Let’s Abandon the Industrial-Decay Porn and Take a Closer Look at What’s Growing in Detroit

If you got all your information about Detroit from the blogosphere, the mainstream media, or the photography section of your local bookstore and never actually visited the Motor City, you could be forgiven for assuming that it’s one giant, bombed-out wasteland. That’s certainly the impression conveyed by many of the artists who have been criss-crossing the city over the last few years, lovingly documenting all of the city’s abandoned factories, houses, schools, and train stations.

As a Michigan native and as one of the people who helped to plan the launch of Xconomy Detroit, I want to lodge a plea: Enough already.

At Xconomy, our focus is on the technology-related enterprises working to ensure a prosperous, sustainable future for Detroit and our other home cities of Boston, San Diego, and Seattle. That doesn’t mean we wear blinders: we know that conditions are desperate in southeast Michigan, and unemployment is out of control. It will be a long time before the region finds a set of new industries and employers who can bring back anything resembling the auto industry’s halcyon days from the mid-20th century.

But that’s exactly why we think the public discussion about Detroit needs to look forward. If people can focus on innovation rather than decay, renewal rather than ruins, they might just have a better chance of creating something of value.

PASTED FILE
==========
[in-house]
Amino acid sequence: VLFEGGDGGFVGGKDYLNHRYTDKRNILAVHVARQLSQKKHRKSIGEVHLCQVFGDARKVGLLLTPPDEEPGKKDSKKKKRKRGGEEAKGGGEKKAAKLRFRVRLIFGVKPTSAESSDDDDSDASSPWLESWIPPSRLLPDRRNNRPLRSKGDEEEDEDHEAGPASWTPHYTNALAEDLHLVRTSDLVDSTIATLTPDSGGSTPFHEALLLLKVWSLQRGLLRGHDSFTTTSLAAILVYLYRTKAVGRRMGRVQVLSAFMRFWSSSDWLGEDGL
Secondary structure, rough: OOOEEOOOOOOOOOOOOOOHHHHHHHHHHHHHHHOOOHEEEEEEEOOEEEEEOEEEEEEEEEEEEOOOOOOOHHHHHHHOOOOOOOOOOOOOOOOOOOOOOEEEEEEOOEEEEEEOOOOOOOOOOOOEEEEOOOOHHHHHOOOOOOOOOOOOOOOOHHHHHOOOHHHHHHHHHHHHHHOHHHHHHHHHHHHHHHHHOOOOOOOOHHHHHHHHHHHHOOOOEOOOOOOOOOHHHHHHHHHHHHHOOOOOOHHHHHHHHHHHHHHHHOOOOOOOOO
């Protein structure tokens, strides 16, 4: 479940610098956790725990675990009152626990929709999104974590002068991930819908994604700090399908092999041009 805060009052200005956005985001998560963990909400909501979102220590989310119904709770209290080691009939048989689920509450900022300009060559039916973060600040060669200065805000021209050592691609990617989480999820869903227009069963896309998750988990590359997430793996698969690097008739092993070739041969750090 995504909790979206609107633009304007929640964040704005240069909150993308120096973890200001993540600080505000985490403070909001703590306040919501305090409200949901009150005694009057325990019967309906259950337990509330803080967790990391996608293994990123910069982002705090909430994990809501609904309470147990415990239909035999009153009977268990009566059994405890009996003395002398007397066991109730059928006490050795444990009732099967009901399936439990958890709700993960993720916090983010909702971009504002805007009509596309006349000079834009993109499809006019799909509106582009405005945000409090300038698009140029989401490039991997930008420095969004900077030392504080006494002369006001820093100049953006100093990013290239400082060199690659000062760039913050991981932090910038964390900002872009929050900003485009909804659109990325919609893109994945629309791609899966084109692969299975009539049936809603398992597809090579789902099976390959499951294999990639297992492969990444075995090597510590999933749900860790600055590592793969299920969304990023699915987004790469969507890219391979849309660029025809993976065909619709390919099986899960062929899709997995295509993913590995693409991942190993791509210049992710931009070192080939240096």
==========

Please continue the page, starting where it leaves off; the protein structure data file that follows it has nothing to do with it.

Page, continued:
I’m not denying that many photos of derelict structures in Detroit have a haunting allure. The crumbling plaster, peeling paint, and scattered furnishings in these emptied-out buildings lend a sort of texture and poignance that you certainly don’t get from images of more modern architecture, or even from old pictures of these same Detroit landmarks when they were new.

But I would argue that the texture in these photos is only skin-deep. What messages are the creators of these images really trying to convey? Often, it seems to be little more than a kind of wistfulness, sometimes tinged with schadenfreude. It’s just so sad that the city that was once the fourth most populous in the United States is now pervaded by emptiness. It’s so shocking what kind of neglect can set in when the bottom falls out of a region’s economy. It’s so ironic that the sort of decay and destruction you might expect to see in Sarajevo or the former East Germany can be found in the heart of an American city. Like drivers who gawk at an accident on the highway, we can’t avert our gaze.

Well, you know what? You can find empty, abandoned structures in virtually every city in the U.S., not to mention the country’s vast rural stretches. Abandonment isn’t always the sign of a civilization’s collapse. Sometimes it just means that people picked up and left in a hurry. The only real message you can take from these images is that the real estate these buildings stand on isn’t yet valuable enough to warrant redevelopment.

In the end, most of the images of Detroit’s abandoned structures have a fetishistic, ultimately unsatisfying quality. They are the industrial equivalent of necrophilia.